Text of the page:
With the recent fall of Sanaa to the Houthis, backed by Iran; several events resonate in memory, thus helping unfurl the complete canvas: Hezbollah's forced entry into Beirut in 2008; Baghdad's fall into the full Iranian sphere of influence since 2011 after the departure of US troops, and; the announcement of the formation of the Syrian Hezbollah (2014)—the most important and the most dangerous development!
Reading this last development (Hezbollah in Syria) in the light of what is happening today in Sanaa, will give us an early picture of where Syrian events might be heading later. This becomes particularly salient, with the current stagnation of the Syrian conflict into a "no victor, no vanquished" scenario. All internal parties to the conflict have become weakened vis-à-vis their respective regional sponsors, thus leading these parties to surrender their internal spaces and social forces to external forces, to lay the foundation of their projects; and rendering the Syrian interior subservient to these external parties' strategies.
The Iranian strategy is based on encircling the Arab region through the use of internal 'tools' possessing certain social/civil forces. This is either done under the guise Shiite solidarity, which comprises politico-religious Shia-tization; or under the guise of resistance. As soon Iran does secure a foothold, the first step is to arm and train these groups to become a sort of parallel "armies." This can be clearly noted in the three previous cases—from Beirut, To Baghdad, To Sanaa, to Damascus—wherein the growth sectarian armies/militias occurred in parallel with the weakening of national armies. Iranian efforts today are ongoing within this context, in parallel with attempts to prevent the return of those armies to assuming an effective national role. Thus, militias become stronger than the national armies, overtaking capitals and countries to impose Iran's strategy in the region. Iranian writer Mohammed Sadiq al-Husseini recently minced no words in stating that "al-Huthi is the master of Yemen today, as Hassan Nasrallah before him was the master of Lebanon." So, who is the master of Syria today?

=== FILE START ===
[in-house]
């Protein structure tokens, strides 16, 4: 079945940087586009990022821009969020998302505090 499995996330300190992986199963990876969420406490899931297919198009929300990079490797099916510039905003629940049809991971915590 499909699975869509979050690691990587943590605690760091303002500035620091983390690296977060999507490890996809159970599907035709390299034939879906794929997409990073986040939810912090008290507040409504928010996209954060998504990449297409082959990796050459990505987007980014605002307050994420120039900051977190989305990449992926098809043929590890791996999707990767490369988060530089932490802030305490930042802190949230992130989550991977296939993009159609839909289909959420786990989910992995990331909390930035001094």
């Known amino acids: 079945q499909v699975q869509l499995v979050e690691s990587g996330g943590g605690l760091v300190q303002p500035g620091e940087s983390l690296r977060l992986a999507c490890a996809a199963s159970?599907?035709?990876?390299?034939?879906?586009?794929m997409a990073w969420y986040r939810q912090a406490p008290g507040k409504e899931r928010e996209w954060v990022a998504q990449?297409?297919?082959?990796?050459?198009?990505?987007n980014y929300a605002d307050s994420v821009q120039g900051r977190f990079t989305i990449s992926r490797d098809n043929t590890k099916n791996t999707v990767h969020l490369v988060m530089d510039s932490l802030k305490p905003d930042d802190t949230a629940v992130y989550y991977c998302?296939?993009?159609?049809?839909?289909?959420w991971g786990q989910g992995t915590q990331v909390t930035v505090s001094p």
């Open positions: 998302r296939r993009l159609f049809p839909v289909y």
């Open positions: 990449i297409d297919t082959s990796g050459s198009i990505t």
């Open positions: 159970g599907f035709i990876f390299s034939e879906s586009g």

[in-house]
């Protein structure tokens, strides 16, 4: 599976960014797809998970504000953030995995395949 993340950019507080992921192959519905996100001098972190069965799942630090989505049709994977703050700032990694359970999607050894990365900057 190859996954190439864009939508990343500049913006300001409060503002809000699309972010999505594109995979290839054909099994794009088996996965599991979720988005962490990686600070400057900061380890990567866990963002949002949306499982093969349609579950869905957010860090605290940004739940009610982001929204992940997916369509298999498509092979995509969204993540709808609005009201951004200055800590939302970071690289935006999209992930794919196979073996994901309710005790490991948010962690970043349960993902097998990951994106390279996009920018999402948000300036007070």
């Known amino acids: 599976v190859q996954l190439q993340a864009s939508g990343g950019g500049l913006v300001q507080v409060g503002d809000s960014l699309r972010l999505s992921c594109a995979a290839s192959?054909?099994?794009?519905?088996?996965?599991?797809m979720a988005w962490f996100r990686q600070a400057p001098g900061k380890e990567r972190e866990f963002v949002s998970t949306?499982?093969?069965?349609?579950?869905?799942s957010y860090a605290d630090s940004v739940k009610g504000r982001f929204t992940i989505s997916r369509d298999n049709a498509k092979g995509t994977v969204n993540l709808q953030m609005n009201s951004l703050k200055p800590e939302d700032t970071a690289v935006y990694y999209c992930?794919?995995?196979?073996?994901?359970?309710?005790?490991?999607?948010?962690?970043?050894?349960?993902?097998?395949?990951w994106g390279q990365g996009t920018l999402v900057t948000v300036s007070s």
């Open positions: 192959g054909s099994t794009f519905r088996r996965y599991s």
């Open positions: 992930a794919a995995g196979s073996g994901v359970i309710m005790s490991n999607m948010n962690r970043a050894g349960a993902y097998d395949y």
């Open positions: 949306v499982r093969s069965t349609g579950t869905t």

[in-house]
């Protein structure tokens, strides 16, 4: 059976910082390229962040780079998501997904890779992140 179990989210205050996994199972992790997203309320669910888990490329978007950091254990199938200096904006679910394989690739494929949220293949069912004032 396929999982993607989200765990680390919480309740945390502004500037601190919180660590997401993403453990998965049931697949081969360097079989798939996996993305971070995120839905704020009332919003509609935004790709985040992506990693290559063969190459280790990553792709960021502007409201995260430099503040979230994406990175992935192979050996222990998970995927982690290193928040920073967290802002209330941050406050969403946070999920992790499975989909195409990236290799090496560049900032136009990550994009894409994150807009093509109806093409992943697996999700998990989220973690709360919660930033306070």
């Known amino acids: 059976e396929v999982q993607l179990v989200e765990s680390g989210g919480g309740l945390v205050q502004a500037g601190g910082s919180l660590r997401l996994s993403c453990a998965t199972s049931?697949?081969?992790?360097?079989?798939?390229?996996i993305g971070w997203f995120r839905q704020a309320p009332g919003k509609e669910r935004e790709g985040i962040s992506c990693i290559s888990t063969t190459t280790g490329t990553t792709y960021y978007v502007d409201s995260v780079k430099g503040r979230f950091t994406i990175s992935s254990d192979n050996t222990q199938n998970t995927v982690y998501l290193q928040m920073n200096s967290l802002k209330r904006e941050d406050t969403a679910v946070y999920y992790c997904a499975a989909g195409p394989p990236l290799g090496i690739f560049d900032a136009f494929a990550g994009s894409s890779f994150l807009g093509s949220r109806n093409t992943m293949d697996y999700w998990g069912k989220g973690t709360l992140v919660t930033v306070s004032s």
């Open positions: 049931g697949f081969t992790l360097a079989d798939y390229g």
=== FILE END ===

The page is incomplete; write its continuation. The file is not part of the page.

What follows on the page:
With the almost complete militarization of the Syrian revolution, as well as the Syrian army's inability to reach a resolute conclusion; the regime resorted to an increased militarization of society. Thus what has become known today as the National Defense Army [NDA]—created according to Iranian advice and supervision, according to Major General "Hossein Hamadani"—came into being, thereby announcing the birth of the "Syrian Hezbollah."
The aforementioned cannot be understood without paying attention to the Syrian dictator's Presidential Decree establishing a "Shiite Sharia" school to teach the Jaafari doctrine in Ras al-Ain near the coastal city of Jableh. And once we know that Shiites in Jableh are almost non-existent, we can see how that decision aims further. Such approach aims to fully target Alawi social groups, thereby creating host societies for Iranian policy, now and in the future. Through Iranian support with money and social services, the aim is to turn these social groups into a 'reserve' Syrian Hezbollah, thus helping to cover the increasing decline and weakness of the Syrian army. Tehran is well aware that any future settlement will not leave the army in its current state and is, therefore, furtively attempting to find alternatives capable of imposing themselves on the ground, before any potential settlement. In this vein, Iran is working on a long-term transformation of lifestyles and ideas in local communities so as to more closely aligning them with those of Iranian designs; namely, creating social and intellectual host societies amenable to Iranian expansion, supported by power, money, and arms. The Ashoura rituals witnessed in Damascus and other capitals, are but the living embodiment of this expansion.
Iran is considering, as of this moment, the rehabilitation of the Syrian regime on the one hand, and the creation of justification therefore which will help push farther the spectre of regime change. Iran is, therefore, hard at work to find forces capable of disrupting the transitional phase, and entering into the haggle over endless minutiae, as is the case in Lebanon, Yemen, and Iraq today. The decisive voice is that of arms, when politics fail—the very function of the Syrian Hezbollah, as is the function of all Iranian Hezbollahs, from Sanaa, to Beirut, to Baghdad.